The City of London Corporation, which manages London’s historic center and financial hub, has voted to remove two monuments to British politicians linked to the transatlantic slave trade. The statue of William Beckford, a two-time mayor of London who made his fortune in plantations in Jamaica in the late 1700s, will reportedly be re-sited and replaced with a new work. The monument to Sir John Cass, a 17th-century member of Parliament, philanthropist, and merchant who profited from the Royal African Company, a major force in the slave economy, will be returned to the Sir John Cass Foundation. His name has already been stripped from the City University of London’s business school.
The vote follows an announcement from the U.K. government of laws intended to safeguard historic monuments in England. According to a report in the Art Newspaper, the proposed plans would require individuals to obtain “building consent or planning permission” before removing any of the nation’s 12,000 historic statues. If approved, the law will come into effect in March. In the wake of the Black Lives Matter protests last summer, monuments worldwide have come under scrutiny for perpetuating racist legacies. In Bristol, a statue of 17th-century slave trader Edward Colston was toppled by protestors and dumped into the city harbor.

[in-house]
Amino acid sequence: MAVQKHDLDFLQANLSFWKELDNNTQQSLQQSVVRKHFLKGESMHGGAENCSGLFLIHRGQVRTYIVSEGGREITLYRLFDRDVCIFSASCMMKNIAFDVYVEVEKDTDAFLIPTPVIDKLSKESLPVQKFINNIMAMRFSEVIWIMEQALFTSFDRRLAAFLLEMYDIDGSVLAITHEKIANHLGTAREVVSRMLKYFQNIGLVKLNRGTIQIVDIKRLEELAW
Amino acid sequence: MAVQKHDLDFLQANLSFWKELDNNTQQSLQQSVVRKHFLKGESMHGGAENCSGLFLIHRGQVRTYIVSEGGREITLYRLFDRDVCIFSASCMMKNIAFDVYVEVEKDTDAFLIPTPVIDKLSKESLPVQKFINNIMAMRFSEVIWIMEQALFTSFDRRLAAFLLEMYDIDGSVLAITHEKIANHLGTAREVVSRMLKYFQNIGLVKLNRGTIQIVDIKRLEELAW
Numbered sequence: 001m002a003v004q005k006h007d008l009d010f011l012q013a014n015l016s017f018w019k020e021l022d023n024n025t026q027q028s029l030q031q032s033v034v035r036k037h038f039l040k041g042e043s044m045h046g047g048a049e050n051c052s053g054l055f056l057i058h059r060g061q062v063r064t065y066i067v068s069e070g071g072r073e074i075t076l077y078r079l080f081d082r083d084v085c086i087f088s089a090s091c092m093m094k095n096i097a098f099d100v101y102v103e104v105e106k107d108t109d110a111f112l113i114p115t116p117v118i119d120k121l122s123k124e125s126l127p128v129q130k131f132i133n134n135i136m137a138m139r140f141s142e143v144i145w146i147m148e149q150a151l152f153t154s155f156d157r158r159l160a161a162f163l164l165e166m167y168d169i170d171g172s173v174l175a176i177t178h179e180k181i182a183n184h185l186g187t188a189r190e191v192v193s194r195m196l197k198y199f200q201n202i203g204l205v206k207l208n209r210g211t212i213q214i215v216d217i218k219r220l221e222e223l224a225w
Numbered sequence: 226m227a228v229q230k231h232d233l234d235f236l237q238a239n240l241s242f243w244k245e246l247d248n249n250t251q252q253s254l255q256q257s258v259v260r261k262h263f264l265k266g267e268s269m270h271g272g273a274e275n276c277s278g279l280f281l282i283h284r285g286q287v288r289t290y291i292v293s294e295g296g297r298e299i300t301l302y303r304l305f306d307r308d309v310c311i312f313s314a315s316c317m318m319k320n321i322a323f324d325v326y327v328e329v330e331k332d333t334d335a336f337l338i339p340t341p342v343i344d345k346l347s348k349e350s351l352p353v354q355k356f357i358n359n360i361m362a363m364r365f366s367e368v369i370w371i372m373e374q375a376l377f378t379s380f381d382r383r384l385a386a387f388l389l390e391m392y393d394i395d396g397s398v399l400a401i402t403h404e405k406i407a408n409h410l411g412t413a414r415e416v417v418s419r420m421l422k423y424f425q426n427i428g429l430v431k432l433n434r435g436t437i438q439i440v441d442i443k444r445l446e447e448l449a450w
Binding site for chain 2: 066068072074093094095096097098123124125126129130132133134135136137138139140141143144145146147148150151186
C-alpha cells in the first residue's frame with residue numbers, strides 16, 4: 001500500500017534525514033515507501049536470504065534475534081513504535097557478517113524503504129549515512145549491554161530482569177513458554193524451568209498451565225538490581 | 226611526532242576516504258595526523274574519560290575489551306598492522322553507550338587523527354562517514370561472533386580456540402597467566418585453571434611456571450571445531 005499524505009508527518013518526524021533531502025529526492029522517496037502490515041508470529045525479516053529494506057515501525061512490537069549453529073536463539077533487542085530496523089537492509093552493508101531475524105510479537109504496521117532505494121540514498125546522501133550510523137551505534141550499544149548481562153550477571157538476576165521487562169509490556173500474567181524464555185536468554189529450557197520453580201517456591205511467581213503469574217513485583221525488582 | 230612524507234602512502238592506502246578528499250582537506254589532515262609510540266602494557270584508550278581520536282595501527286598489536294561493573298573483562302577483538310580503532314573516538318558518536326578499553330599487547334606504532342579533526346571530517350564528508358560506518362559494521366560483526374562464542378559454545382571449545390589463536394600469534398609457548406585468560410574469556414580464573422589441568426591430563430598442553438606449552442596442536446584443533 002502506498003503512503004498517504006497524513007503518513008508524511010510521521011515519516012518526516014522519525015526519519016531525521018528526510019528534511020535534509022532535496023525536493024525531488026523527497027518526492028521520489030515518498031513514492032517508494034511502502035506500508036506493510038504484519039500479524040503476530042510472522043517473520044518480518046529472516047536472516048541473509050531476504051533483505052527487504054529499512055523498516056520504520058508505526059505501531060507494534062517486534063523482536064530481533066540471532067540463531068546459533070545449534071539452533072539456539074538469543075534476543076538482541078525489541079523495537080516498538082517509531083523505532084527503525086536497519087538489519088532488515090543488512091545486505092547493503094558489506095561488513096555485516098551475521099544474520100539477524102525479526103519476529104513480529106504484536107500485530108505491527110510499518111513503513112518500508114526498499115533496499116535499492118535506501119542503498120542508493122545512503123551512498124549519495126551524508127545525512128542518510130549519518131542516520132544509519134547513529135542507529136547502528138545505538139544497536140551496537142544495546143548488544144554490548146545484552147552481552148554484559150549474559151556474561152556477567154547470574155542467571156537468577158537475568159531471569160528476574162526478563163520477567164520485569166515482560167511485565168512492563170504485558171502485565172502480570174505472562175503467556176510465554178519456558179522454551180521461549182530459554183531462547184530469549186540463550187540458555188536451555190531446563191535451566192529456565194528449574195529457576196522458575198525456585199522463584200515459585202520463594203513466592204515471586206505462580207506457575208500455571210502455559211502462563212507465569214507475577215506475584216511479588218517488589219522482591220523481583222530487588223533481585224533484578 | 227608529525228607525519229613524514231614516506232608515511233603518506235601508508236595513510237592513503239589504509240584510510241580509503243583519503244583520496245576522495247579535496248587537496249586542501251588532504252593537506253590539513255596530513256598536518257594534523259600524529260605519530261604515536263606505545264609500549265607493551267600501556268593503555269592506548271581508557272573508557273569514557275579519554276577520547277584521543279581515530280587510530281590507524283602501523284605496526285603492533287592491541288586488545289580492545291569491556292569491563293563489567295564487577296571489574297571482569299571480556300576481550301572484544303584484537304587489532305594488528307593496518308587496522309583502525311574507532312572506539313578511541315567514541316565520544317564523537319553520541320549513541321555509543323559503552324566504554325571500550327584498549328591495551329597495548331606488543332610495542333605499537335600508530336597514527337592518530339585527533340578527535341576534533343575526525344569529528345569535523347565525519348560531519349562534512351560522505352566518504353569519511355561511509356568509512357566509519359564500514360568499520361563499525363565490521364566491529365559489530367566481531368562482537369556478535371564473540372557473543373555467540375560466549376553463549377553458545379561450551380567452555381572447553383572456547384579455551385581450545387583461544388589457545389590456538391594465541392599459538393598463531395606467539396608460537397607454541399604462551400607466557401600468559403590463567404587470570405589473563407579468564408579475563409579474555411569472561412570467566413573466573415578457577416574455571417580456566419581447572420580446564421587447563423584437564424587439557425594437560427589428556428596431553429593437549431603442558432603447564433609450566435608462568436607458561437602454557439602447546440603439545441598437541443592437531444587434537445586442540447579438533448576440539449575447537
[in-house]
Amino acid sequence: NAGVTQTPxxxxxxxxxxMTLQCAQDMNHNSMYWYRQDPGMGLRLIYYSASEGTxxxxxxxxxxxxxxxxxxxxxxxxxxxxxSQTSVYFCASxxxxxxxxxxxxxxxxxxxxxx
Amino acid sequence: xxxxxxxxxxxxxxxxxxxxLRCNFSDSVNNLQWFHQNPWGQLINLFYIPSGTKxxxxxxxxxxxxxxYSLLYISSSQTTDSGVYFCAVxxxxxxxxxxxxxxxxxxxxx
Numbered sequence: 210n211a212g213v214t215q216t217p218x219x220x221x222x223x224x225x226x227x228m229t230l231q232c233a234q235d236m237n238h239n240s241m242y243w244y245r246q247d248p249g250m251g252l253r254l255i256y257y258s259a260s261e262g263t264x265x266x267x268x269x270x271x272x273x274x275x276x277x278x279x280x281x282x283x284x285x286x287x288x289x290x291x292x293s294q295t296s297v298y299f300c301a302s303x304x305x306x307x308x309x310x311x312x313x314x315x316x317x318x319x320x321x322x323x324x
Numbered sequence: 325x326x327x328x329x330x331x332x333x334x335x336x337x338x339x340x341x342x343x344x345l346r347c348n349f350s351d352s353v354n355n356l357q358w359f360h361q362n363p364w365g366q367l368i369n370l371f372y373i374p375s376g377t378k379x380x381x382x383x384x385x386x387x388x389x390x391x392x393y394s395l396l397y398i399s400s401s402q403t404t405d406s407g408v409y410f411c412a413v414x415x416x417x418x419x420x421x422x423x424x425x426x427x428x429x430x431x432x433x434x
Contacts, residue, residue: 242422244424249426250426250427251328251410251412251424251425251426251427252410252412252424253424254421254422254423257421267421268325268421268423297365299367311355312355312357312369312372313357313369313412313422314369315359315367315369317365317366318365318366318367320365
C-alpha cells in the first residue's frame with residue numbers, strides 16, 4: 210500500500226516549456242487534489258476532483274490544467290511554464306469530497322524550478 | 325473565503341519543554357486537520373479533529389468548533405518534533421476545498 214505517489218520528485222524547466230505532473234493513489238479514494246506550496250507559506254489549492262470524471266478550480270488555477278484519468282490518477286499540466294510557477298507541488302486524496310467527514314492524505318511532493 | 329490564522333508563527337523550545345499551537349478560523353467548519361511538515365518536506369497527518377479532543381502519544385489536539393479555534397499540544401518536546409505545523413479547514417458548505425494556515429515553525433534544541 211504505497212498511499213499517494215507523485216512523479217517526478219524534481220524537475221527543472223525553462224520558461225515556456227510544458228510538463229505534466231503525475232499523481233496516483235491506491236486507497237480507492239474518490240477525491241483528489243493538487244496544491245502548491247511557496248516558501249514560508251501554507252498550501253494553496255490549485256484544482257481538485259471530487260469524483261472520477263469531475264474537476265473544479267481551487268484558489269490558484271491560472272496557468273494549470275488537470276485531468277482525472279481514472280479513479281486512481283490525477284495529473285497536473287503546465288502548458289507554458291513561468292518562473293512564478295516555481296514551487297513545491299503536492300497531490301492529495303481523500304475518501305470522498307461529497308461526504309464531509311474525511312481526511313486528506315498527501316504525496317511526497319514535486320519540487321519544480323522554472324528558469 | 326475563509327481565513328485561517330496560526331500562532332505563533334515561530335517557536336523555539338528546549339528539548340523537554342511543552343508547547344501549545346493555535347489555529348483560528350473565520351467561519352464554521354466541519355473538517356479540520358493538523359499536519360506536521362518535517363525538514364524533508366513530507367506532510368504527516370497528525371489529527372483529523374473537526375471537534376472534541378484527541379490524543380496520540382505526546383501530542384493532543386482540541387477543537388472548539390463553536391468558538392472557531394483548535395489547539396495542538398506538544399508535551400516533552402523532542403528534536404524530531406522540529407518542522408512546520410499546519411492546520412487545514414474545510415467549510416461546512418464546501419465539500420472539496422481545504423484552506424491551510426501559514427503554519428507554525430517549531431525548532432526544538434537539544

In response to the global protests, the City of London Corporation convened a task force to assess the legacies of the monuments and landmarks through its historic square mile. The group recommended the removal of the the Beckford and Cass statues which decorate its municipal Guildhall building, a decision that may now meet opposition from the U.K. government. The building is also a grade one-listed building, a designation given to structures of historical importance, meaning any alterations to the property will require planning permissions.
In the meantime, a new working group will begin brainstorming suitable replacements for the Beckford statue and audit “street names and other cultural items that are associated with historic acts of racism,” according to a task force document reviewed by the Art Newspaper. Catherine McGuinness, City of London Corporation Policy Chair, said in a statement: “The view of members was that removing and re-siting statues linked to slavery is an important milestone in our journey towards a more inclusive and diverse City.”